"People were afraid to do things because they were not sure what the rules were," Lashinsky said. "This makes it clear that you can’t treat someone operating a (VOW) differently than a brick-and-mortar office."

Some MLSs, Lashinsky said, tried to limit the use of data provided to VOWs. "If someone came in your office, you could print out sold data, but you couldn’t put them online," he said. "The new rules say that if you can hand it to them in an office, the same rules apply online."

Some MLSs have objected to VOWs putting information on sold, expired or withdrawn listings on the Internet, saying that it makes it easier to mine data that belongs to their members.

The settlement, in effect "says the Internet and innovation is going to be supported, and you have to allow competition to come into this space," Lashinsky said. "Some brokers don’t like the changes and are trying to protect their business. This says you have to compete fairly."

Richard A. Smith, president and CEO for real estate brokerage and franchise company Realogy, said in a statement, "We’re pleased that the Department of Justice and the National Association of Realtors have reached a settlement in their long-standing dispute about the display of property listing information on the Internet.

"While the settlement is a good outcome for both parties, we don’t envision that the settlement will have any material impact on the industry or our business. Brokers are far more comfortable today with a broad and varied distribution of property listings on the Internet. We believe the U.S. real estate industry is highly competitive, and its embrace of technology promotes even greater competition and transparency for the benefit of homebuyers, sellers and real estate professionals."

Smith and Dave Liniger, co-founder of the RE/MAX international franchise network, were among NAR’s list of potential witnesses. RE/MAX, in a 2003 white paper, had supported the brokers’ opt-out provision of NAR’s original VOW policy that was challenged by the Justice Department, and other brokerage companies, too, had supported this provision.

Robert D. Butters, a lawyer for Arnstein & Lehr LLP in Chicago who has represented real estate brokerages, technology companies and MLSs, said the proposed settlement agreement can be viewed as a victory for the Justice Department on most points — particularly the elimination of the opt-out provision in the VOW policy — but in some ways is a victory for NAR.

For example, NAR did score a victory in the definition of an MLS participant that appears in the proposed settlement, he said. That definition provides that "mere possession of a broker’s license is not sufficient to qualify for MLS participation," and that a participant "actively endeavors to make or accept offers of cooperation and compensation with respect to properties of the type that are listed on the MLS in which participation is sought."

Butters said that he has seen a clear adoption of Internet technologies by traditional brokerage companies in the years since the Justice Department filed the lawsuit against NAR.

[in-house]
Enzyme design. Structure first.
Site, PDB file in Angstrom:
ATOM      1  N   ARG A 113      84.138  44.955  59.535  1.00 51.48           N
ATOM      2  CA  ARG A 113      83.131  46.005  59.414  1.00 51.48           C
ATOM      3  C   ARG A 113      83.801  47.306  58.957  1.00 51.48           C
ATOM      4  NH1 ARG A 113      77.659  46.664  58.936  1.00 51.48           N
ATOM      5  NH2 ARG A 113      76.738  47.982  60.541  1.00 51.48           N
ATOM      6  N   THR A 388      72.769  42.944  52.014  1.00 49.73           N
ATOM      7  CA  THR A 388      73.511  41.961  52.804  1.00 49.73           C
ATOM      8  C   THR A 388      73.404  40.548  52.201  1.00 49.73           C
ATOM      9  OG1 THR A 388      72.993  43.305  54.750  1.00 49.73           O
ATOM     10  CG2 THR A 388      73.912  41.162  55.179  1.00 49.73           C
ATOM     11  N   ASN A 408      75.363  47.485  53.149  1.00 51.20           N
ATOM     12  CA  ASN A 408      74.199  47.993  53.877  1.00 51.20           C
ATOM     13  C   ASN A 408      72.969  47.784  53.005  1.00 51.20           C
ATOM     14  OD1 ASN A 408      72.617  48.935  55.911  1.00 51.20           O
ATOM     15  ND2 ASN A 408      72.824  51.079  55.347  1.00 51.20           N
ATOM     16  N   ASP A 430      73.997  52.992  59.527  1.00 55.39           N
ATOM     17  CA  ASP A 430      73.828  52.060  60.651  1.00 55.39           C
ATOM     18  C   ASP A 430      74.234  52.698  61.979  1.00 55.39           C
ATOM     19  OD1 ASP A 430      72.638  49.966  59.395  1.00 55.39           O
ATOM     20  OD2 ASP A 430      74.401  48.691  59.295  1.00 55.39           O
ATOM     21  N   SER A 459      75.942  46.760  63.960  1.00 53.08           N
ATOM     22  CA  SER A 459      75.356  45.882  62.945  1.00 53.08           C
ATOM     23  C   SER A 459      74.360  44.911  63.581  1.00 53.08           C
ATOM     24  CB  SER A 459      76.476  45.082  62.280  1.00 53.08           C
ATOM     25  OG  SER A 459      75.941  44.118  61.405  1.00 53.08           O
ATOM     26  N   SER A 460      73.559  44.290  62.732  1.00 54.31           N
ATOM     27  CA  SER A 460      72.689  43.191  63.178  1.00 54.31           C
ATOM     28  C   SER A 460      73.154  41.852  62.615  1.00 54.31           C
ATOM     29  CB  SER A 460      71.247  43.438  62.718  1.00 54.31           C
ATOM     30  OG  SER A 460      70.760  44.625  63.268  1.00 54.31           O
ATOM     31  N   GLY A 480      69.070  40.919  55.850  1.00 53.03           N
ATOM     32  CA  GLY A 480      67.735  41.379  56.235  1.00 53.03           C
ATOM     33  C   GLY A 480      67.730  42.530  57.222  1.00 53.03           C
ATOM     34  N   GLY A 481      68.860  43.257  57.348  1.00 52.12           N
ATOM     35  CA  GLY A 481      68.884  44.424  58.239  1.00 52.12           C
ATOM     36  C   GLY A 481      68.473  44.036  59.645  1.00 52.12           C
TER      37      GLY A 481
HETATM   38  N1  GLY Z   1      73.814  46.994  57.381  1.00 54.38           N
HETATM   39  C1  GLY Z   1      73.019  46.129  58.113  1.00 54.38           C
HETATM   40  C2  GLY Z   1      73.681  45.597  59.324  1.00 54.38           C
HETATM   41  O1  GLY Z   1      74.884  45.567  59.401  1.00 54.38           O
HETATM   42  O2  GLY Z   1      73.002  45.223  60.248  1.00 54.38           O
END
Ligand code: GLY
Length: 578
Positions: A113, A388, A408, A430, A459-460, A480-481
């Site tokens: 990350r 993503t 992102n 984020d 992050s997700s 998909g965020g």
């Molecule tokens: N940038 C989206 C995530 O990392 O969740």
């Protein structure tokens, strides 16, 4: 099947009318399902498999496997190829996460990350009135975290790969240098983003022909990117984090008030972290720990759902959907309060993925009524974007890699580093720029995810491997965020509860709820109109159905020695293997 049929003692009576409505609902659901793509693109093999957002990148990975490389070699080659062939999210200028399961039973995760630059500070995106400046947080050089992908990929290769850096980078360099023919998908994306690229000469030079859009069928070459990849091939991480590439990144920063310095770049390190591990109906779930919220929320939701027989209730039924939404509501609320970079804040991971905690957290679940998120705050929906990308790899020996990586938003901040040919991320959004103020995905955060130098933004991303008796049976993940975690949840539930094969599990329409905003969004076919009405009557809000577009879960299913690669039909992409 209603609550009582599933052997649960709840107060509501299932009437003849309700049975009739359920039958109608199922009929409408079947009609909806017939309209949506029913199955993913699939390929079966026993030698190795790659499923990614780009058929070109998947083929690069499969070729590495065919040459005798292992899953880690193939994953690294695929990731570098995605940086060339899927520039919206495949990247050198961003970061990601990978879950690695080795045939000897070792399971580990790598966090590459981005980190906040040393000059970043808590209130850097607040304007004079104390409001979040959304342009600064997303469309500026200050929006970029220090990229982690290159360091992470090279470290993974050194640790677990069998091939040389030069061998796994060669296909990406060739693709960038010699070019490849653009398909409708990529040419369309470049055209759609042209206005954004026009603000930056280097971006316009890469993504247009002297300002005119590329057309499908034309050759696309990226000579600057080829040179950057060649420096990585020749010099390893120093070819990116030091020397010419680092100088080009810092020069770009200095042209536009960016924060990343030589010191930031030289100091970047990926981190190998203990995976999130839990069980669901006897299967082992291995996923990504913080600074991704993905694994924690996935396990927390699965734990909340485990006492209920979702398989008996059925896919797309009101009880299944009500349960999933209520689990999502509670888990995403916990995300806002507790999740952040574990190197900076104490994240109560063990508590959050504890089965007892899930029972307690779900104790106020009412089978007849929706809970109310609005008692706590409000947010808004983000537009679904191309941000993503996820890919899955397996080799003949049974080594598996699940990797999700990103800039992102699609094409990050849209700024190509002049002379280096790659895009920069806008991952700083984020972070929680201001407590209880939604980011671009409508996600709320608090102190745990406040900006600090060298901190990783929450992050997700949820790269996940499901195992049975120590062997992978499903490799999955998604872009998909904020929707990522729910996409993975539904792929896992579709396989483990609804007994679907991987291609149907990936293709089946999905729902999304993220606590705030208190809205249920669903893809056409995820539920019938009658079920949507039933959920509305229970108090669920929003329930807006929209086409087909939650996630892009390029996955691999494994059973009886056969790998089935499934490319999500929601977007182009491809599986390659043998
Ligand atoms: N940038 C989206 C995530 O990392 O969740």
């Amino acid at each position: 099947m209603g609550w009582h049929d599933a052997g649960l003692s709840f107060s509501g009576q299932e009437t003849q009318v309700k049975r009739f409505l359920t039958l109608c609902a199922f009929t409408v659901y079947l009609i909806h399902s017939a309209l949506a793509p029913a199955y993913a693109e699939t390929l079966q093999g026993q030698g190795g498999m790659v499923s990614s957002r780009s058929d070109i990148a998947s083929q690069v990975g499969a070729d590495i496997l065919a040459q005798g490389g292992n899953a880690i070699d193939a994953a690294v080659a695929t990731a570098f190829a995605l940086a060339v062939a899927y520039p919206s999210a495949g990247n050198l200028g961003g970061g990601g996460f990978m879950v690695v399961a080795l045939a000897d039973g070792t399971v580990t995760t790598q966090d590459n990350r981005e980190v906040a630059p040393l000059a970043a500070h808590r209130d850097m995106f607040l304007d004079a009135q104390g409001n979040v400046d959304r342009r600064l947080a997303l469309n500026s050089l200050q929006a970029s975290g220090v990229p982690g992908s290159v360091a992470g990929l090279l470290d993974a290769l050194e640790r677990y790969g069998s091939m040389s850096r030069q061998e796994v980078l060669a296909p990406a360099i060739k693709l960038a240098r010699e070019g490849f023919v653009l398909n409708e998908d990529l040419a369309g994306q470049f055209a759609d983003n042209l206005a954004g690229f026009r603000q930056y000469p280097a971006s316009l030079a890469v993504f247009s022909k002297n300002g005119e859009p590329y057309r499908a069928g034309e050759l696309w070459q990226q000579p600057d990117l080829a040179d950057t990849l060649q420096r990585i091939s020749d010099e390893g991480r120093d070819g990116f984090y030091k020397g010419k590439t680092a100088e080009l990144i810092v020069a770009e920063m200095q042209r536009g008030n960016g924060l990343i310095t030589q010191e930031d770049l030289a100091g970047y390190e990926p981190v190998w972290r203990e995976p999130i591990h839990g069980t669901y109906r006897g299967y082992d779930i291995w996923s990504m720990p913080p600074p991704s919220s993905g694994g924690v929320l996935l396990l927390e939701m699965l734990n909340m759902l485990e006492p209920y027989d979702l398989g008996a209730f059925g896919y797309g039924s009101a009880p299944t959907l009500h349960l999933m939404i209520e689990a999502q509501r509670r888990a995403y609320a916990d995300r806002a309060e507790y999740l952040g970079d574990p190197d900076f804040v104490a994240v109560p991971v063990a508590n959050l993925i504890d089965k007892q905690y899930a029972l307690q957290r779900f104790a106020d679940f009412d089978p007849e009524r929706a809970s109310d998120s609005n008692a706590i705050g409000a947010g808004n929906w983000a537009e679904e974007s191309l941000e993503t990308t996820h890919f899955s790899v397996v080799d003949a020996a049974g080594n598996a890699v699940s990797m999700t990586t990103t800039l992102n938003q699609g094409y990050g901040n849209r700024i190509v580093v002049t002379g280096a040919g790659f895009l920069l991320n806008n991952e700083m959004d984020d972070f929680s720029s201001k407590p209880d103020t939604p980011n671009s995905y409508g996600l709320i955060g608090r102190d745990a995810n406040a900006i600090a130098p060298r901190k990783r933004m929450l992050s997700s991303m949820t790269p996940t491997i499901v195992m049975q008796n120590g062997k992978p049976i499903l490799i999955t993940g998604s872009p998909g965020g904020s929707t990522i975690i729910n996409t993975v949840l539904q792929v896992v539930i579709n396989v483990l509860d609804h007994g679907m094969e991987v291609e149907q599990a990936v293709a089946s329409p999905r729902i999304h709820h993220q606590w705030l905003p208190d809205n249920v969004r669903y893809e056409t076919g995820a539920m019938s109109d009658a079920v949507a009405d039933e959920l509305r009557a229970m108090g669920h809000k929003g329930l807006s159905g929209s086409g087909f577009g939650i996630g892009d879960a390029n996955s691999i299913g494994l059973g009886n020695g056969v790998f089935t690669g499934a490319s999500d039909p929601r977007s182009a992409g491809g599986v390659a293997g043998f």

The settlement agreement is perhaps an indication that "the industry has moved past this to the point that … members actually want to operate VOWs, and this is not a fight worth fighting."

He noted that major companies have already been in a major development push for Web-based functions, “particularly in this market where finding qualified buyers is the key.”

And the registration requirements under the proposed settlement could assist brokers in securing more registered users to their Web sites.

He noted that “the mere registration at a VOW does not constitute a client relationship — you’re not able, according to this rule, to create a relationship at the registration level.”

But there are potentials for conflict in which a VOW user who is already in a relationship with a broker registers for VOW access at another broker’s site, said Butters and Larsen.

Albert Hepp, owner of BuySelf Realty Inc., a brokerage company that offers flat-fee real estate services for sellers, said he would like to see another side to the lawsuit’s settlement that ensures greater disclosure for IDX sites that “hide listings or exclude listings.”

“How are the public and innovating brokers protected from a broker removing certain kinds of listings from public display?” he said.

In addition to the Justice Department’s lawsuit against the Realtors trade group, the Justice Department and antitrust-enforcement counterpart Federal Trade Commission have actively opposed MLS-imposed restrictions related to specific categories of property listings and listings contracts with sellers. And both agencies have opposed industry-backed, state-approved measures that seek to mandate a minimum set of real estate services for all real estate transactions performed by licensees, and anti-rebate measures.

The Justice Department is currently engaged in a lawsuit over policies adopted by an MLS in South Carolina, as an example, and the Federal Trade Commission is engaged in a lawsuit with a Michigan MLS.